What Better Way to Cool Off? 9 Caves for Amateur Spelunkers
Exploring Virginia’s Luray Caverns in 1969 — as cool then as they are now. (Photo: Alan Band/Fox Photos/Getty Images)
As summer is heating up, hordes of tourists-to-be are planning their vacations around sun, sand, and sweat. But have you ever considered a subterranean vacation? Caves are some of the most awesome geological treasures and natural landmarks in the States — and perfect in summer, with their naturally cool climates. What lies below are some of the country’s most interesting underground destinations to discover.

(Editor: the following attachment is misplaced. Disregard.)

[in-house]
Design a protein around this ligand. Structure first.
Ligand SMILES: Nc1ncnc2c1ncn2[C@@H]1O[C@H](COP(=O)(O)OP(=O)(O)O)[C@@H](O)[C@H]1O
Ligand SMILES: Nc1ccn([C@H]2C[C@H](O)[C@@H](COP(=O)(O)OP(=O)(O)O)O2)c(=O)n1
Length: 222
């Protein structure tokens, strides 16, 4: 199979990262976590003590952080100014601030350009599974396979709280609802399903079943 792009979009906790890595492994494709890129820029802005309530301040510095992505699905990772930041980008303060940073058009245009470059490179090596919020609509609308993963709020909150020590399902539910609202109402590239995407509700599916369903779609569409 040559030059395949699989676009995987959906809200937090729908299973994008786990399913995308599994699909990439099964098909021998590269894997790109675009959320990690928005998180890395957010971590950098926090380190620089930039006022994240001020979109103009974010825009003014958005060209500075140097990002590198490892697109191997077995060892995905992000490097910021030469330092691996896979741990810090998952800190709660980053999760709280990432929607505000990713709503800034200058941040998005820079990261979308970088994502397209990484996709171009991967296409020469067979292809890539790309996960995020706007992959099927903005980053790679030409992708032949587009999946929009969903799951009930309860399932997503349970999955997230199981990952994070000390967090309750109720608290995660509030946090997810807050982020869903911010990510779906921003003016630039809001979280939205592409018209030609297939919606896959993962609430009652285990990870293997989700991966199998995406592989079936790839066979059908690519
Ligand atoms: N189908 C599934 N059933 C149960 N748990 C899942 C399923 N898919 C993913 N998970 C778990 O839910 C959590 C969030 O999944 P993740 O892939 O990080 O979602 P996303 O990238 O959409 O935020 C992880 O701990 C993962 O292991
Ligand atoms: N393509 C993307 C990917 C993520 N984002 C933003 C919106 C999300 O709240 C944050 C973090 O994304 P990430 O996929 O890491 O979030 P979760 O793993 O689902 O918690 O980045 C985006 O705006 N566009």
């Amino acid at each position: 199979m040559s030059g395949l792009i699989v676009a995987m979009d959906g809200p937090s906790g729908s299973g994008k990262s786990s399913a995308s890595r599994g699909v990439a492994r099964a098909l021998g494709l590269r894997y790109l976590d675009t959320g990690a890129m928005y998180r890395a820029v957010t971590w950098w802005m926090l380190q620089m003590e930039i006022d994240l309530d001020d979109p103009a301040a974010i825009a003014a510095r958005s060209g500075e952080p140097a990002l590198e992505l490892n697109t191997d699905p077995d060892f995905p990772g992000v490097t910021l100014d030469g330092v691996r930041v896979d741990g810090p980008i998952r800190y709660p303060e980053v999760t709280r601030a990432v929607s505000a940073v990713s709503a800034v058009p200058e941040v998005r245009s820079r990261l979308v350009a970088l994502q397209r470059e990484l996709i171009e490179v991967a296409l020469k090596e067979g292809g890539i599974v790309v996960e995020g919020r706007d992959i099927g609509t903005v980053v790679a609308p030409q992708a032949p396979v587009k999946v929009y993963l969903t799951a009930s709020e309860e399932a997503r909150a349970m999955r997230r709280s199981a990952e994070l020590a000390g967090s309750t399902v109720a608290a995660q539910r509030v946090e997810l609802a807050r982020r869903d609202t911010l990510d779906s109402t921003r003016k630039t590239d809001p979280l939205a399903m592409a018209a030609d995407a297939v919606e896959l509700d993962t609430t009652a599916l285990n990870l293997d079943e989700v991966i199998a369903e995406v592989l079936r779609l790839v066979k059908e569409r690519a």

Luray Cavern. (Photo: m01229/Flickr)
Discovered in 1878 by the town’s tinsmith, Luray Caverns is the largest underground cavern system in the Eastern United States. Nestled in the Shenandoah Valley, it houses the world’s largest instrument — the Great Stalacpipe Organ. The instrument taps rubber tipped mallets on stalactites across three surrounding acres to produce a hauntingly beautiful sound.
Kentucky’s Mammoth Cave. (Photo: Getty Images)
Under Southern Kentucky’s curvaceous hills and “hollers” is buried the world’s longest cave system. Visitors can craft their tour to accommodate their level of claustrophobia — from navigating well-lighted walkways to crawling through tight, rugged, crevices lit only by the light on a helmet.